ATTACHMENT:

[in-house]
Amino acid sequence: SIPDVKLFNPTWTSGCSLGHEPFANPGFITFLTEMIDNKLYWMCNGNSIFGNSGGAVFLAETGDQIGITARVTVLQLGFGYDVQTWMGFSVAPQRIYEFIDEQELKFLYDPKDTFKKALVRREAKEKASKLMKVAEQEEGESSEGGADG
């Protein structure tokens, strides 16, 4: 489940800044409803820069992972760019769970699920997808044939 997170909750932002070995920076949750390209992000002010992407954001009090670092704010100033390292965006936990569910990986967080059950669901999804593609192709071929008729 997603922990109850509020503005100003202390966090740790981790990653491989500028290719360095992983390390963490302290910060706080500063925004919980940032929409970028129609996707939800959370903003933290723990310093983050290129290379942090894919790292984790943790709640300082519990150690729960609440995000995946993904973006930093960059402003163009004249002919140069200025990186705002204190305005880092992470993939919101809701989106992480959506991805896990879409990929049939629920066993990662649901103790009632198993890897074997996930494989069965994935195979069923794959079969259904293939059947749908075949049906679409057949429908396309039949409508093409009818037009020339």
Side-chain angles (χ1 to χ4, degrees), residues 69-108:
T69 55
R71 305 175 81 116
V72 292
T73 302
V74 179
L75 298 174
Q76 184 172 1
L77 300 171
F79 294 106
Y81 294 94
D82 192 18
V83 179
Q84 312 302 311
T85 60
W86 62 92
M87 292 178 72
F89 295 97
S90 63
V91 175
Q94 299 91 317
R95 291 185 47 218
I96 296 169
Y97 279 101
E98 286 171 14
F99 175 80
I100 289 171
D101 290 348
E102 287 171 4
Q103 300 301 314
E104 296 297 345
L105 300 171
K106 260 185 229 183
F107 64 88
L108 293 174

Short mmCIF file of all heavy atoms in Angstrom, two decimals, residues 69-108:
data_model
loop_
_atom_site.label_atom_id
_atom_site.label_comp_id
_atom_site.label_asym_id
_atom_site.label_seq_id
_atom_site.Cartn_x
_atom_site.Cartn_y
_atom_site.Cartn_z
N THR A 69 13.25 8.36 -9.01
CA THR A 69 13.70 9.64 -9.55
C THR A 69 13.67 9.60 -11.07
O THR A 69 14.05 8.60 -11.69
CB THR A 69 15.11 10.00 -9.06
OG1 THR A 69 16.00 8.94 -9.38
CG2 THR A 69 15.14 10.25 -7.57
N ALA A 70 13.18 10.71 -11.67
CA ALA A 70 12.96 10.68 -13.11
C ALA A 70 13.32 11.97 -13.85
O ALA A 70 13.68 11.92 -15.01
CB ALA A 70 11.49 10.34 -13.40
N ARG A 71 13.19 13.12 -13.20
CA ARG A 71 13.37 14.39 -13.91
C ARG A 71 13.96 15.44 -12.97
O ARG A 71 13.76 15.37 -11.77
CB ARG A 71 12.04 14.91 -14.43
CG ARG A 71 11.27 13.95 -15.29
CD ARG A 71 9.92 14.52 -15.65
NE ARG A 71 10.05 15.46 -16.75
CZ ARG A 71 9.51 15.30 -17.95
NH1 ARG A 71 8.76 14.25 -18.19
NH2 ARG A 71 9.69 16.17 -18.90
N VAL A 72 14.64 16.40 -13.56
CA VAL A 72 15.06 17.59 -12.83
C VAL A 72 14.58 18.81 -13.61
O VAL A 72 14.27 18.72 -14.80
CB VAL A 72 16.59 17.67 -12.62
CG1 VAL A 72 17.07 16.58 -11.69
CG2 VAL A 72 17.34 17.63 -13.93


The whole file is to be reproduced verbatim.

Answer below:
[in-house]
Amino acid sequence: SIPDVKLFNPTWTSGCSLGHEPFANPGFITFLTEMIDNKLYWMCNGNSIFGNSGGAVFLAETGDQIGITARVTVLQLGFGYDVQTWMGFSVAPQRIYEFIDEQELKFLYDPKDTFKKALVRREAKEKASKLMKVAEQEEGESSEGGADG
């Protein structure tokens, strides 16, 4: 489940800044409803820069992972760019769970699920997808044939 997170909750932002070995920076949750390209992000002010992407954001009090670092704010100033390292965006936990569910990986967080059950669901999804593609192709071929008729 997603922990109850509020503005100003202390966090740790981790990653491989500028290719360095992983390390963490302290910060706080500063925004919980940032929409970028129609996707939800959370903003933290723990310093983050290129290379942090894919790292984790943790709640300082519990150690729960609440995000995946993904973006930093960059402003163009004249002919140069200025990186705002204190305005880092992470993939919101809701989106992480959506991805896990879409990929049939629920066993990662649901103790009632198993890897074997996930494989069965994935195979069923794959079969259904293939059947749908075949049906679409057949429908396309039949409508093409009818037009020339």
Side-chain angles (χ1 to χ4, degrees), residues 69-108:
T69 55
R71 305 175 81 116
V72 292
T73 302
V74 179
L75 298 174
Q76 184 172 1
L77 300 171
F79 294 106
Y81 294 94
D82 192 18
V83 179
Q84 312 302 311
T85 60
W86 62 92
M87 292 178 72
F89 295 97
S90 63
V91 175
Q94 299 91 317
R95 291 185 47 218
I96 296 169
Y97 279 101
E98 286 171 14
F99 175 80
I100 289 171
D101 290 348
E102 287 171 4
Q103 300 301 314
E104 296 297 345
L105 300 171
K106 260 185 229 183
F107 64 88
L108 293 174

Short mmCIF file of all heavy atoms in Angstrom, two decimals, residues 69-108:
data_model
loop_
_atom_site.label_atom_id
_atom_site.label_comp_id
_atom_site.label_asym_id
_atom_site.label_seq_id
_atom_site.Cartn_x
_atom_site.Cartn_y
_atom_site.Cartn_z
N THR A 69 13.25 8.36 -9.01
CA THR A 69 13.70 9.64 -9.55
C THR A 69 13.67 9.60 -11.07
O THR A 69 14.05 8.60 -11.69
CB THR A 69 15.11 10.00 -9.06
OG1 THR A 69 16.00 8.94 -9.38
CG2 THR A 69 15.14 10.25 -7.57
N ALA A 70 13.18 10.71 -11.67
CA ALA A 70 12.96 10.68 -13.11
C ALA A 70 13.32 11.97 -13.85
O ALA A 70 13.68 11.92 -15.01
CB ALA A 70 11.49 10.34 -13.40
N ARG A 71 13.19 13.12 -13.20
CA ARG A 71 13.37 14.39 -13.91
C ARG A 71 13.96 15.44 -12.97
O ARG A 71 13.76 15.37 -11.77
CB ARG A 71 12.04 14.91 -14.43
CG ARG A 71 11.27 13.95 -15.29
CD ARG A 71 9.92 14.52 -15.65
NE ARG A 71 10.05 15.46 -16.75
CZ ARG A 71 9.51 15.30 -17.95
NH1 ARG A 71 8.76 14.25 -18.19
NH2 ARG A 71 9.69 16.17 -18.90
N VAL A 72 14.64 16.40 -13.56
CA VAL A 72 15.06 17.59 -12.83
C VAL A 72 14.58 18.81 -13.61
O VAL A 72 14.27 18.72 -14.80
CB VAL A 72 16.59 17.67 -12.62
CG1 VAL A 72 17.07 16.58 -11.69
CG2 VAL A 72 17.34 17.63 -13.93